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Americanism        < Previous        Next >

 

True/False Game on George Washington

 

Today's Snack: Since one of the best-loved stories about George Washington had to do with cherries, let's make a snack with cherries when we celebrate Washington's birthday, Feb. 22.

Note that the cherry tree story ("I cannot tell a lie") was made up about Washington by a biographer, after Washington's death, to teach children about Washington's honesty. It was included in the McGuffey Readers, which were books that were used to teach children to read for decades in America.

Well, Washington really WAS honest - but apparently, he never chopped down a cherry tree in his childhood. But let's enjoy a snack in his memory, anyway:

 

Cherry Salad

1 can cherry pie filling

1 lg. can crushed pineapple, drained

1 C. pecans

1 C. mini marshmallows

C. sugar

3 bananas

 

Mix all but bananas. Let stand in the refrigerator. Before serving, cut up three bananas into the bowl and gently stir. Serves 6-8.

--------------------

Supplies:

New toothbrush

Silver dollar

Baby powder

Covered elastic hairband

Crushed chocolate wafers in a small cup

14 mini marshmallows in a small cup

Mini diploma: roll up a dollar bill in a small piece of white paper

and tie with a ribbon

Zip-lock bag of crisp cut-up vegetables

Small sack of peanuts

Small sack of mini marshmallows

 

 

Let's bust some myths about the Father of Our Country. He was our general in the Revolutionary War that freed us from Great Britain, and he was our First President . . . George Washington. He was born on Feb. 22, 1732, and lived until 1799.

 

 

Let's take a quiz about him. Select one student to ask the questions. The others should compete to be first to raise a hand with the right answer, true or false. The winners get the prizes listed below each question.

 

These are from historians at President Washington's home and museum, Mount Vernon, our nation's most-visited historic site, which is in Virginia a few miles outside Washington, D.C.:

 

www.mountvernon.org/visit/plan/index.cfm/pid/808/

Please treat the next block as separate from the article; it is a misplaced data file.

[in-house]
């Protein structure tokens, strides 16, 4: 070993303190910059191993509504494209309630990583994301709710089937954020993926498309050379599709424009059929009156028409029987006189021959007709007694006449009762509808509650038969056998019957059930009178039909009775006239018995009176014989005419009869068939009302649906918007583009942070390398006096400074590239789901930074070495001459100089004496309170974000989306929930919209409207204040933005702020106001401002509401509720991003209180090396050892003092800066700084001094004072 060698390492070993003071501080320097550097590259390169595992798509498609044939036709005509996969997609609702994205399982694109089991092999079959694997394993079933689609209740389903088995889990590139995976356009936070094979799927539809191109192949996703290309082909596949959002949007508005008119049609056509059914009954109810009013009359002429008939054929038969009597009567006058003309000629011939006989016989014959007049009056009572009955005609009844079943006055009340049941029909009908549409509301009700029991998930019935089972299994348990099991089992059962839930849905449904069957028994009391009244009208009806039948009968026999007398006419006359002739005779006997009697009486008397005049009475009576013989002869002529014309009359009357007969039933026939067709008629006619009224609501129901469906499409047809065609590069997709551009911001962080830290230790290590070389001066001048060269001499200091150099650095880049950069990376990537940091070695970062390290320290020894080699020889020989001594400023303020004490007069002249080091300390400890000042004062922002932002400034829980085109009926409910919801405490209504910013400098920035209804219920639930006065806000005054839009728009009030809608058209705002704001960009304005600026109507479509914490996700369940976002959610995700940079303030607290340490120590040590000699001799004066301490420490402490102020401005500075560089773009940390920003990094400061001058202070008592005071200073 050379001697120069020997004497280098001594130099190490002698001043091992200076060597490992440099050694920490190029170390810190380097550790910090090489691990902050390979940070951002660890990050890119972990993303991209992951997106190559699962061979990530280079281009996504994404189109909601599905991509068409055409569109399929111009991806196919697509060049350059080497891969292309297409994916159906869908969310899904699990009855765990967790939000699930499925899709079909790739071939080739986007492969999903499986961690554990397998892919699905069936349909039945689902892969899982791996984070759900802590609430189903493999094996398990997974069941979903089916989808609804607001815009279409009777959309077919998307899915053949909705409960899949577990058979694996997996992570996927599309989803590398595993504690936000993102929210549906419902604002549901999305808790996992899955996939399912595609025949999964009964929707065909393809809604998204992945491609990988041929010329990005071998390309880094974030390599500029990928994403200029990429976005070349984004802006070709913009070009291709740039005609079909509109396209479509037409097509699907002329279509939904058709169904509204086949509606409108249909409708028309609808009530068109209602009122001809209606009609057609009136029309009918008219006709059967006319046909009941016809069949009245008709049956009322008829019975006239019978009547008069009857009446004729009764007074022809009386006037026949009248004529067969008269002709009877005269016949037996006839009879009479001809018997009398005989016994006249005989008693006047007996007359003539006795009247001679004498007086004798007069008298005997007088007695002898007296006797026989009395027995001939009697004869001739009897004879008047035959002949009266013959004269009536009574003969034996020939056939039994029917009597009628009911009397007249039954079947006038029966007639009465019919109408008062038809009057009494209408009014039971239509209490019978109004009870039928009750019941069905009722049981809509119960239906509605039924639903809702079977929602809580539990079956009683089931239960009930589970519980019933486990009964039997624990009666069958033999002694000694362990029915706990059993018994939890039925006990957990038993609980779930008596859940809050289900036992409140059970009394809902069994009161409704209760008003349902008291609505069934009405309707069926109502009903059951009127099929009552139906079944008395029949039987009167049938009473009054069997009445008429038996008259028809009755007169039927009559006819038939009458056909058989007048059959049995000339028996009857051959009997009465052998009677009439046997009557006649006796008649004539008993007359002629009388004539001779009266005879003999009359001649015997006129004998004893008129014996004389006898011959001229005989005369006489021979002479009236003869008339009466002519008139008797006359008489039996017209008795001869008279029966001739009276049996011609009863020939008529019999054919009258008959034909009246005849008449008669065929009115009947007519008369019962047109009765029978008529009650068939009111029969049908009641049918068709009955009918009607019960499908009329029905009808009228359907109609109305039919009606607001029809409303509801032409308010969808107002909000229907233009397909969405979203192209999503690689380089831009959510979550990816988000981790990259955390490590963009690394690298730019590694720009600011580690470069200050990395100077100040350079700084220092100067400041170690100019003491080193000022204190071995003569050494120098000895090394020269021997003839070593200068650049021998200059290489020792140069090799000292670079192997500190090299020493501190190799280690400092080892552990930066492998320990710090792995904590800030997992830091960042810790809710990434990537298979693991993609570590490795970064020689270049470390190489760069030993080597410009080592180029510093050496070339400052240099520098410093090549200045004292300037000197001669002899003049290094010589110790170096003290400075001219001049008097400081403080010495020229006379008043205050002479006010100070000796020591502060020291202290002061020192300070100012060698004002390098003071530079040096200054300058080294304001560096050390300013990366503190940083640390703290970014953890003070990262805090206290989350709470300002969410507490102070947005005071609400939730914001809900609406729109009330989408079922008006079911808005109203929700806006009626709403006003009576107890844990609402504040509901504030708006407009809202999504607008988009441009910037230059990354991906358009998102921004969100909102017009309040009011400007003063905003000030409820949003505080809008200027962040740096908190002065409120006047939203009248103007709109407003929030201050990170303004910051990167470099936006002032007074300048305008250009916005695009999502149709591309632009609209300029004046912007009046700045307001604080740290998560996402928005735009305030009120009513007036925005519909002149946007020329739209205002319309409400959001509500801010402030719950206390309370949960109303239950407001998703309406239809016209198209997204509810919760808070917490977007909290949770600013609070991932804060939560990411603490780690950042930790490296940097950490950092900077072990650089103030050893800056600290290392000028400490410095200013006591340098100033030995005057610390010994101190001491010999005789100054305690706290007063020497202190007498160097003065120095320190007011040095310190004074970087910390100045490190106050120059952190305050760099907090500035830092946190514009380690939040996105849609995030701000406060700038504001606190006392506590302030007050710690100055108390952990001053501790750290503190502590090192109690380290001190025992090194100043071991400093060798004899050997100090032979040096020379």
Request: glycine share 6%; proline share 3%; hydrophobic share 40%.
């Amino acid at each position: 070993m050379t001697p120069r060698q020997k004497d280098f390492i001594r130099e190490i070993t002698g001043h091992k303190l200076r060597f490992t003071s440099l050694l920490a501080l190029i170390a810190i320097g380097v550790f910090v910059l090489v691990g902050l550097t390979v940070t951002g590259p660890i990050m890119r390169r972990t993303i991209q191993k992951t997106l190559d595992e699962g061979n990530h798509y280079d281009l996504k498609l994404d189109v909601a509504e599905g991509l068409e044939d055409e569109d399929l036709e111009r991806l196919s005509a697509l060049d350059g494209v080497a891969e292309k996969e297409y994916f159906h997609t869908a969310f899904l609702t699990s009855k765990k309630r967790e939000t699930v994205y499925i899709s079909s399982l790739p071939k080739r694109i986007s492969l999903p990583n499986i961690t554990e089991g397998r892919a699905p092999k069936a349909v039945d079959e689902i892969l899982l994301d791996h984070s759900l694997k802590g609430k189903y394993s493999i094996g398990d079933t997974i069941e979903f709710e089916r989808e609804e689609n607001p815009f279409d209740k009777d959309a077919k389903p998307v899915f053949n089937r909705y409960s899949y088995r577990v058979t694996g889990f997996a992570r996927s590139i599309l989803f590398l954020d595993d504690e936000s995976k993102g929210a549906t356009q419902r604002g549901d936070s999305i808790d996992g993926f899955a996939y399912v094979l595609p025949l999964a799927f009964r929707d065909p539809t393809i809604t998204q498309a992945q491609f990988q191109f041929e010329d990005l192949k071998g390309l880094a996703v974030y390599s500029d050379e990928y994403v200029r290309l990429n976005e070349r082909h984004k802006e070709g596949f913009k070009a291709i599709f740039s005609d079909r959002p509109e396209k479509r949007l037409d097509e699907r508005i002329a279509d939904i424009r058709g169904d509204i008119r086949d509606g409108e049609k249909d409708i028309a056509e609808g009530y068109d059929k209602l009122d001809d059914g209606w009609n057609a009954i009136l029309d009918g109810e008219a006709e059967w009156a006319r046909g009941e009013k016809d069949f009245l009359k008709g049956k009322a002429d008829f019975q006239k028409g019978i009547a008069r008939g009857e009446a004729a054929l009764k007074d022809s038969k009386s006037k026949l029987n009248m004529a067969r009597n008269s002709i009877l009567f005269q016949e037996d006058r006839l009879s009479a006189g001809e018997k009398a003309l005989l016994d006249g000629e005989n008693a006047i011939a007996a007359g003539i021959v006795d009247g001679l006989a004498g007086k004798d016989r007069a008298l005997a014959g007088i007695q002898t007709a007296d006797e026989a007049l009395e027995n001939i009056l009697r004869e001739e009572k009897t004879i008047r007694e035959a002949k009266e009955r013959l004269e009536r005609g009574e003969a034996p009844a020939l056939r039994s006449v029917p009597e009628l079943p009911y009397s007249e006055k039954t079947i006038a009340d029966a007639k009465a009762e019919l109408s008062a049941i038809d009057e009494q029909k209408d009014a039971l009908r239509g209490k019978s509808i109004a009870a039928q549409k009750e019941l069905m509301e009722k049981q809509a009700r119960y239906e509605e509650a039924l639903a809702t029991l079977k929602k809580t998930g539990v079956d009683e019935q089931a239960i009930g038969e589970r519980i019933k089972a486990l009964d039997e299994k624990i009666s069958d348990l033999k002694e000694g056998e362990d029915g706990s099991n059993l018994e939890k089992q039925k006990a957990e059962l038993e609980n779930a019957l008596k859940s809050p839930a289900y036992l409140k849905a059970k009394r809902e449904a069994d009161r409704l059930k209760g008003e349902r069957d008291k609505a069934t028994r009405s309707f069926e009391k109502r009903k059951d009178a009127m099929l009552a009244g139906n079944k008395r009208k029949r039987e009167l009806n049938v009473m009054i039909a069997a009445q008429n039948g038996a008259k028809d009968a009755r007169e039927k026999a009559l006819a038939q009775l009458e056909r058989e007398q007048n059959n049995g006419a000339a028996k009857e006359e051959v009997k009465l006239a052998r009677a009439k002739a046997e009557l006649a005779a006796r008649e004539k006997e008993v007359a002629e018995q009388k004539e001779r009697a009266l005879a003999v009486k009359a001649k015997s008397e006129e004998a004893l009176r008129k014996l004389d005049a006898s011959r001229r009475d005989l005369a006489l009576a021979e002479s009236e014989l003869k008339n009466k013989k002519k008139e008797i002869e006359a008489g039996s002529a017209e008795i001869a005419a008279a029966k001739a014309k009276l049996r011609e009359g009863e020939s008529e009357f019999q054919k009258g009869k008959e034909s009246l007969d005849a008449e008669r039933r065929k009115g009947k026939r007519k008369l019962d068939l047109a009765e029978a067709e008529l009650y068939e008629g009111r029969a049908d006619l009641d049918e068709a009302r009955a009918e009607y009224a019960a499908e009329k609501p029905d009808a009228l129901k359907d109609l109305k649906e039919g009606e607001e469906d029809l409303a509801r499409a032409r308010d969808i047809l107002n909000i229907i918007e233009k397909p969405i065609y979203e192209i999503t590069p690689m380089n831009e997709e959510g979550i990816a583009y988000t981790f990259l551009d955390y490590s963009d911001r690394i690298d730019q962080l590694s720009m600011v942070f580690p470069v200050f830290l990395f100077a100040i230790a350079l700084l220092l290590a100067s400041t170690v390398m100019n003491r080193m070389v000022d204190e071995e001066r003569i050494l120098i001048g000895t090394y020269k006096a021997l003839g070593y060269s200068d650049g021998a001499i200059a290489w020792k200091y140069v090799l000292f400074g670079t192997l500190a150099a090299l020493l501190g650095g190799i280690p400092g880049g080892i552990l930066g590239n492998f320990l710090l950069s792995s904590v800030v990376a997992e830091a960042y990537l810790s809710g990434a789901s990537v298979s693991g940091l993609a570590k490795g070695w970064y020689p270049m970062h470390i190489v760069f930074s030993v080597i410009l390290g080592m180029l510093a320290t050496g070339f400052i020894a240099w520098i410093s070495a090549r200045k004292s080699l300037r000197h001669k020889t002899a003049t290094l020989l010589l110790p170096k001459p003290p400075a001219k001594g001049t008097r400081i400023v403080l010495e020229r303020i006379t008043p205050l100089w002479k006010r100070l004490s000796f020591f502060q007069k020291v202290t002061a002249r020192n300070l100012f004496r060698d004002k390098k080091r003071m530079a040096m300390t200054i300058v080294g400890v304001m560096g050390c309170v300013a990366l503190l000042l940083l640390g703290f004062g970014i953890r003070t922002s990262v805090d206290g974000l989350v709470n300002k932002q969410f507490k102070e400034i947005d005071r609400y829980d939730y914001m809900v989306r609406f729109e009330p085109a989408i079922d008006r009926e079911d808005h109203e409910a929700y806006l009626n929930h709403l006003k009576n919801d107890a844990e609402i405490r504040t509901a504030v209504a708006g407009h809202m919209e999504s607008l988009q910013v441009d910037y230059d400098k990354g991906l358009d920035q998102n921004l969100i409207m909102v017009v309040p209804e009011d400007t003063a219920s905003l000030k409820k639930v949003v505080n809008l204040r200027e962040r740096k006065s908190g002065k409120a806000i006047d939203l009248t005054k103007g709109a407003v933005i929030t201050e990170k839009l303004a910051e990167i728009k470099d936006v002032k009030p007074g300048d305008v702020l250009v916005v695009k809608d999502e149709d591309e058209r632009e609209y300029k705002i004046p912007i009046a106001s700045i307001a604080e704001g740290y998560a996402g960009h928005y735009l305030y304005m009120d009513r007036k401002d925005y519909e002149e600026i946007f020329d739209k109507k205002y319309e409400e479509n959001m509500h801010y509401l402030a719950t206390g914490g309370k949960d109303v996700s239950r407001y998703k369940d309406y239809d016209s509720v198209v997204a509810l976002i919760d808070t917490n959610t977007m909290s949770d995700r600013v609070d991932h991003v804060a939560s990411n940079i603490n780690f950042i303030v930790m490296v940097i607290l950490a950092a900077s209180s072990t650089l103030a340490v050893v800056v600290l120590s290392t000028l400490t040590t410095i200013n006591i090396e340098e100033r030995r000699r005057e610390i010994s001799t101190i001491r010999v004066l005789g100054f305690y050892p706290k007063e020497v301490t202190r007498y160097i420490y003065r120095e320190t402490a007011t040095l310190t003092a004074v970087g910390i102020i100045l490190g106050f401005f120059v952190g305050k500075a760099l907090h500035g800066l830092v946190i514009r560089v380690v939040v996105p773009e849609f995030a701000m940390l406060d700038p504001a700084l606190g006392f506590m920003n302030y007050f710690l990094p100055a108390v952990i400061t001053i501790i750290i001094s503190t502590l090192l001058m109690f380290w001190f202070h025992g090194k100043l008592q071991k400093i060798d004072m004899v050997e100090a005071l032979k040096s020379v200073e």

1. TRUE OR FALSE: George Washington had wooden teeth. 

 

FALSE. He had false teeth, but they were not made of wood. As a matter of fact, the materials used in his false teeth were probably more uncomfortable than wood. In one set of teeth, his dentist, Dr. John Greenwood, used a cow's tooth, one of Washington's teeth, hippopotamus ivory, metal and springs. They fit poorly and distorted the shape of his mouth.

 

(For the winner, a new toothbrush!)

 

 

2. TRUE OR FALSE: George Washington threw a silver dollar across the Potomac River.

FALSE. This myth is often told to demonstrate his strength. The Potomac River is over a mile wide. Even George Washington was not that good an athlete! Moreover, there were no silver dollars when Washington was a young man. His step-grandson, George Washington Parke Custis, reported in his memoirs that Washington once threw a piece of slate "about the size and shape of a dollar" across the Rappahanock River near Fredericksburg, Virginia. The Rappahannock River at the site of the Washington family homestead today measures only 250 feet across, a substantial but perhaps not impossible distance to throw.

 

(For the winner, a silver dollar!)

 

 

3. TRUE OR FALSE: George Washington didn't wear a wig, though it looks like it in the paintings of him.

 

TRUE. Even though wigs were fashionable, Washington kept his own hair, which he wore long and tied back in a queue, or ponytail. He did, however, powder his hair as was the custom of the time.

 

(For the winner: sprinkle baby powder on the winner's hair and tie with a covered elastic band if it's long enough for a "queue," or ponytail)

 

 

4. TRUE OR FALSE: George Washington is buried under the U.S. Capitol building.